We first stumbled across Roy when we reviewed his latest single at the time, Over Kansas, while he was part of Wow Kafe. It was good to catch up with Roy again recently when we had him on the bill at our last #liveisbetter event, so we thought we'd spend some time having a chat about all things musical...

First things first, if you can cast your mind back, do you think that our review of Wow Kafe's Over Kansas single summed you guys up?

Oh, yeah, definitely. I'm always in favour of being involved in the making of a stomping, powerful corker! I think Bulaka caught the ethos of the Wow Kafe with that review and it was good to see references to surf and jazz because most of us had those influences, too.

Yeah, I think we were going through a bit of a Man Or Astroman phase at the same time as well, so surf/rock was in the forefront of our minds!

Ah, great! I saw Man Or Astroman a couple of times and also Dick Dale and Link Wray. I love that twang! I saw a brilliant surf band at a campsite in Amsterdam once - that night ended my longest ever period of abstinence from booze. Being Amsterdam, it was going to end sooner or later but I find the sound of surf intoxicating and immediately fell off the wagon.

Anyway, The Wow Kafe made a second single, Betty Short's Smile and then recorded two unreleased sessions, one at Chem 19 and one with Mark Freegard at Kyoti Studio. I think we'd lost a bit of focus, though we had plenty of material to draw on. I'd had the chance to record a solo single for a German label and then a follow-up for a label in Yorkshire. Two singles in, I decided to call it a day with the band. I eventually got a solo album together and with my pals Stevie and Gary got a group called The Company together - a songwriting circle, really. We cut a glam rock track called Join The Dots for Slumberland and some of our other collaborations ended up on Stevie's album (I Can't Get No) Stevie Jackson. Stevie and I also ended up in a freakbeat outfit called The Store Keys with the guys from The Wellgreen. I made a second album which I stuck in a jiffy bag and sent to Marc Riley at 6Music with no real hope he's even get it. A couple of months later I came home from work one evening and the first track off the album's playing on the radio. On the back of that I did a live session on the Riley show and another one a year later with a band called Jesus, Baby! playing songs by the poet and playwright Michael Pedersen with Carla from Teen Canteen on keyboards, Marco from the Wellgreen on bass and Davy Henderson, from The Fire Engines, Nectarine No. 9 and The Sexual Objects on lead vocals. That was a lot of fun and we released a track called The Caterpillar Tango on Neu! Reekie! Records I've done three more albums in the past couple of years, the latest two on Edinburgh label, Stereogram. They're called One Domino and My Week Beats Your Year, which is the soundtrack to a show I was asked to perform at the Fringe by Hannah Lavery of Appletree Writers, a writing group in my new hometown of Dunbar. The show's about Lou Reed and me growing up with his music and influence.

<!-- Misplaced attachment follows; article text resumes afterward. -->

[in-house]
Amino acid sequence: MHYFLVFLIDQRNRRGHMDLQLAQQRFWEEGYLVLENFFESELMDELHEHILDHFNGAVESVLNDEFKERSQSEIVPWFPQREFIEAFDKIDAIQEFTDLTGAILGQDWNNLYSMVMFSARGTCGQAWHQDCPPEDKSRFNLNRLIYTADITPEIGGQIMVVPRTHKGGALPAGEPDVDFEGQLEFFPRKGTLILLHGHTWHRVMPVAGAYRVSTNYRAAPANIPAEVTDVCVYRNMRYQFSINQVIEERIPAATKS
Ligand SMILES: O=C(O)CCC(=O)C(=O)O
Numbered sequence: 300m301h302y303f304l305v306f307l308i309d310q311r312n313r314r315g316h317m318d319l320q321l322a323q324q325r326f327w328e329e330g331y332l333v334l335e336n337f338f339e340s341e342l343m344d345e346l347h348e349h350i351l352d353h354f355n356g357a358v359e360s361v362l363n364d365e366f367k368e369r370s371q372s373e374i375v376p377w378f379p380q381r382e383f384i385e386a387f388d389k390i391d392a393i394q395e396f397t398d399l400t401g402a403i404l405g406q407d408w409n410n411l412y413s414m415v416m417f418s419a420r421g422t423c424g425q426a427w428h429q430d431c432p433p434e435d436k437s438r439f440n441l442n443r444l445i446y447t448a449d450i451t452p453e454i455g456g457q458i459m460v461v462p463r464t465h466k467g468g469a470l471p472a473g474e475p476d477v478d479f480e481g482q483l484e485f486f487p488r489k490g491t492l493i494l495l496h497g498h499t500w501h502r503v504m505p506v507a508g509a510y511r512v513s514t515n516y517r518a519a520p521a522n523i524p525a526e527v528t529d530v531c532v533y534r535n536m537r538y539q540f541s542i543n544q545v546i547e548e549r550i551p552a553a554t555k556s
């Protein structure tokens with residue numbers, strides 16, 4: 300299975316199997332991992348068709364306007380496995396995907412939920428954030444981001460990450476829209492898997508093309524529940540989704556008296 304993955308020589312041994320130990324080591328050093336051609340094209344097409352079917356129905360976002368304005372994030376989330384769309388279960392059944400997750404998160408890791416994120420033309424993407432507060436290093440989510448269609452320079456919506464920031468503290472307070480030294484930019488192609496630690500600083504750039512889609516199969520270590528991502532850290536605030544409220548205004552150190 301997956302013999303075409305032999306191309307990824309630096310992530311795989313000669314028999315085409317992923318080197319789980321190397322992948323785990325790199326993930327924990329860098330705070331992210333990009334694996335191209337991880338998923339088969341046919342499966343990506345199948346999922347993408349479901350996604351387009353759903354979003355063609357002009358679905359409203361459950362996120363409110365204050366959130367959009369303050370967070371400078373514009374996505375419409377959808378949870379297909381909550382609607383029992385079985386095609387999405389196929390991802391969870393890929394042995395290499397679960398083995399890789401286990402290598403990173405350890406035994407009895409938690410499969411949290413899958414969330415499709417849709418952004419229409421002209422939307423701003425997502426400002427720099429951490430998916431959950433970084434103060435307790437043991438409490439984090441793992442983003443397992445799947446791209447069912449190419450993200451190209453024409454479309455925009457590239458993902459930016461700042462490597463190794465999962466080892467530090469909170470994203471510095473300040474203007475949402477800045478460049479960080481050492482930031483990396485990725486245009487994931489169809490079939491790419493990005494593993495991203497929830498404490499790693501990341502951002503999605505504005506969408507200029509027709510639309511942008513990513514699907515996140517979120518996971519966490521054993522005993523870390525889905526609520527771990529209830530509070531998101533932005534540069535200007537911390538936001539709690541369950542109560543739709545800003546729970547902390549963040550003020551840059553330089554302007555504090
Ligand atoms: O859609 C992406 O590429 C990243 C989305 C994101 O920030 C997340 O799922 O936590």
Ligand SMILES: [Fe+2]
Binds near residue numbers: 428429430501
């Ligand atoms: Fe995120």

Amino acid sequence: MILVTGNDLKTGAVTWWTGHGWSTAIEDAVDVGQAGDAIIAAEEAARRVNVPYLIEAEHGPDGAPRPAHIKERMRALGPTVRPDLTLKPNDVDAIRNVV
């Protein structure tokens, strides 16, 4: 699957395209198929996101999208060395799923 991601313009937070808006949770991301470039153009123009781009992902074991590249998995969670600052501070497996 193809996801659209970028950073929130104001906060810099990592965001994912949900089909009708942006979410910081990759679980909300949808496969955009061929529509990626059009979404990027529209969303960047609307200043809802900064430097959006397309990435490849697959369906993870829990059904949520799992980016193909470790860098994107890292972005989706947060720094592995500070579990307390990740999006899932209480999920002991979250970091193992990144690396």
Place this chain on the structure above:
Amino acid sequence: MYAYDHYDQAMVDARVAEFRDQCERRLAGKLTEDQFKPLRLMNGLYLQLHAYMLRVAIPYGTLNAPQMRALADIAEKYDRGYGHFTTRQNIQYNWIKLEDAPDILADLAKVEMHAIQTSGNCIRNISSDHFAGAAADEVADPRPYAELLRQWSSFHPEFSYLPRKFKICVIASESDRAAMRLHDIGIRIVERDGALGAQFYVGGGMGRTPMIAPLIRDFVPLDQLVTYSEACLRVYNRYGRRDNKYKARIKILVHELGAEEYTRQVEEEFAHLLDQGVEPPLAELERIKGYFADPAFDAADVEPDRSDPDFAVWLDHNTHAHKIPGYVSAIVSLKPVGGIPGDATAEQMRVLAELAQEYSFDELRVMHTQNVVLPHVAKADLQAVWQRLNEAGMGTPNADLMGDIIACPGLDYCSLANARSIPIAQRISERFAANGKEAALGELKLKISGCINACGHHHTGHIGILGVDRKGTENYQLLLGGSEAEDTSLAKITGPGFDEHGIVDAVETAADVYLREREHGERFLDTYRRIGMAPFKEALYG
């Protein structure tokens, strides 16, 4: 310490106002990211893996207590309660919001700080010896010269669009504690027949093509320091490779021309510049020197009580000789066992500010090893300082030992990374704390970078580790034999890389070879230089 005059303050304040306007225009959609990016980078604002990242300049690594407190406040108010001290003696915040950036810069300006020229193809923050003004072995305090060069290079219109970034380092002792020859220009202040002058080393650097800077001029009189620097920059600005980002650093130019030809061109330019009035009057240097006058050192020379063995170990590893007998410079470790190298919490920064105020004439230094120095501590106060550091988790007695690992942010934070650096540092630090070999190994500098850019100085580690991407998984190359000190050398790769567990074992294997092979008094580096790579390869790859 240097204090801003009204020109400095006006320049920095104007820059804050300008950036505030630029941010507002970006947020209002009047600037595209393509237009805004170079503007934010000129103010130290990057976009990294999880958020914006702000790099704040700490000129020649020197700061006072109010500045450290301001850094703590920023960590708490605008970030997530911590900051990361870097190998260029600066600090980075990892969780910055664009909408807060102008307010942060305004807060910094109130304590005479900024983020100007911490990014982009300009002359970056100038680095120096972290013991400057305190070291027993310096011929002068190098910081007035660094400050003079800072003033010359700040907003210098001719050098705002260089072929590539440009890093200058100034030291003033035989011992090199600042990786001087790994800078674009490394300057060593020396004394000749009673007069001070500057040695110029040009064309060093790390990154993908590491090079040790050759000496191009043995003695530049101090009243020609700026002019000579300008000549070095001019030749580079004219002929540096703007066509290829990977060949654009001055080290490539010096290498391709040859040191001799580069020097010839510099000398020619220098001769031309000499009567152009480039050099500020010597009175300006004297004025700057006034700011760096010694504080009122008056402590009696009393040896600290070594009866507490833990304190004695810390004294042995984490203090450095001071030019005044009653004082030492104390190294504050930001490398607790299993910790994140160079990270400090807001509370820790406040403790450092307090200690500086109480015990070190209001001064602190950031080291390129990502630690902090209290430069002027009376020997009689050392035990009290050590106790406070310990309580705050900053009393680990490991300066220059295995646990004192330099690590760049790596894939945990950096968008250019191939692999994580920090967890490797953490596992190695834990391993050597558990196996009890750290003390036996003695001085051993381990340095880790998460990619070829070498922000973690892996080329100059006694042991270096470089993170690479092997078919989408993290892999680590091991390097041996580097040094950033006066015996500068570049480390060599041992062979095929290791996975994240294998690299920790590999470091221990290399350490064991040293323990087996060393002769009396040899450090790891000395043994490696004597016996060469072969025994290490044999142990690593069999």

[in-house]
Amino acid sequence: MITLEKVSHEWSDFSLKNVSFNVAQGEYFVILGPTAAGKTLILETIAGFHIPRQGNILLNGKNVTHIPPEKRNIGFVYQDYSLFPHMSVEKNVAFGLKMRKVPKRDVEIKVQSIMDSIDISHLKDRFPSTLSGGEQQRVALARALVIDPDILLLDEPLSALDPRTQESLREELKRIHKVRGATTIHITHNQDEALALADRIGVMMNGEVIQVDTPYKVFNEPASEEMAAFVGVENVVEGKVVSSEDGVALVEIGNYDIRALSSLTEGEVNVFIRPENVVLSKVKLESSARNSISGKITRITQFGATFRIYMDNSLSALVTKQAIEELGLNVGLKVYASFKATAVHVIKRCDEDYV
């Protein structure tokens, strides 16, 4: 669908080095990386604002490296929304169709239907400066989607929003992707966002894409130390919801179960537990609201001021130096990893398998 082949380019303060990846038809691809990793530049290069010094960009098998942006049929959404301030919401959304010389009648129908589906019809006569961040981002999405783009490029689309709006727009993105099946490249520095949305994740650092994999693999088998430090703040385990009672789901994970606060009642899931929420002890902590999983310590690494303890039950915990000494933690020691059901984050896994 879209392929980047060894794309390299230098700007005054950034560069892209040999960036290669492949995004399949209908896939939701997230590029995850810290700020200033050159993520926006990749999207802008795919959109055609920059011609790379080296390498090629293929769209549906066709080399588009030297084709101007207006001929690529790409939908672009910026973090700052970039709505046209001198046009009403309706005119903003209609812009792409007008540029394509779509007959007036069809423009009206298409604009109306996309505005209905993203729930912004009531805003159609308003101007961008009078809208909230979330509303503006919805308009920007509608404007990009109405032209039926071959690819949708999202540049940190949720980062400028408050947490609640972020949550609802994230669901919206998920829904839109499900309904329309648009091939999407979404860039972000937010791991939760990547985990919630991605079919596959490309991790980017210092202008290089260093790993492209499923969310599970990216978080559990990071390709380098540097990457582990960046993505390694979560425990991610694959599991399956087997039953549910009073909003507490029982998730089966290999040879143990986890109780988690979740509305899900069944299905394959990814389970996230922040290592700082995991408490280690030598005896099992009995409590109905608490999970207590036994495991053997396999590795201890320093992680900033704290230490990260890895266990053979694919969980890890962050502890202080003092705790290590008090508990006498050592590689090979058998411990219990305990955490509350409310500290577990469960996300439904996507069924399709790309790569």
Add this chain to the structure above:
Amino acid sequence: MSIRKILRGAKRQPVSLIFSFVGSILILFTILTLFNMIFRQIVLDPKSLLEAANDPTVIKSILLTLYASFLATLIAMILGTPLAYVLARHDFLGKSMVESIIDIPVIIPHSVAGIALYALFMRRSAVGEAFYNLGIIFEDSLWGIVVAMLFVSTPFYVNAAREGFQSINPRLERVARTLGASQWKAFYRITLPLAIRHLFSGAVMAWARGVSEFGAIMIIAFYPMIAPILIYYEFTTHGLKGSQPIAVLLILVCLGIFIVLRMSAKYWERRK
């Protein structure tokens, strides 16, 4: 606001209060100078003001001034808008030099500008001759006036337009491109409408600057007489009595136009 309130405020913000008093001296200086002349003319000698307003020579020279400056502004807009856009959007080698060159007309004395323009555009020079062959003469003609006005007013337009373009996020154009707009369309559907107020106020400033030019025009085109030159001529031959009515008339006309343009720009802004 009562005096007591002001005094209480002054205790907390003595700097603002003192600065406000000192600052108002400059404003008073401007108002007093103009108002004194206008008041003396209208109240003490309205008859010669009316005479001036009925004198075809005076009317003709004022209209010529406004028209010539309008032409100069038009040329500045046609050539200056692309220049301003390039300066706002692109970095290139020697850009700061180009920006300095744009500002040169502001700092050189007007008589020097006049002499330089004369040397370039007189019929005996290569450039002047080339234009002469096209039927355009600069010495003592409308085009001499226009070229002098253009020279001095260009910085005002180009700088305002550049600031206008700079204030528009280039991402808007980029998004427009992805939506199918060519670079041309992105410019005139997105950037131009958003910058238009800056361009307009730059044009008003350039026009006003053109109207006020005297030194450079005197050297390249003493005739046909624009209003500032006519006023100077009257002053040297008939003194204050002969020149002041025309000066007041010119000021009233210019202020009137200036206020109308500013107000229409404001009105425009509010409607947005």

We'd kind of seen you'd done some things in the time between WK and now, especially when we got your CV/Bio for the Evo gig. What's been the best thing you've been involved with? Is it the Lou Reed show or is there something else you're planning for the future?

The Lou Reed show was the most personally rewarding because I felt I had my own take on it and I could relate episodes direct from my own life so that was a liberating experience. I hope to perform it again and expand it. I really enjoy collaboration and I performed the show with Lach, who's a legendary New York anti-folk performer and is working really hard and effectively at invigorating the Edinburgh gig scene. Getting to be a member of Jesus, Baby! was a fantastic experience, too. If I had to pick out the very best thing, it would be playing guitar in The Store Keys while George Gallacher of The Poets belted out Louie, Louie from the vocal booth right next to me. We cut a single with him live in the studio and he was unbelievable and a real gent. George died suddenly before the record was released so it's a bittersweet memory but we all enjoyed working with him so much that's my personal favourite moment. He was like Kurt Cobain on Smells Like Teen Spirit, that powerful, and he was 68 at the time!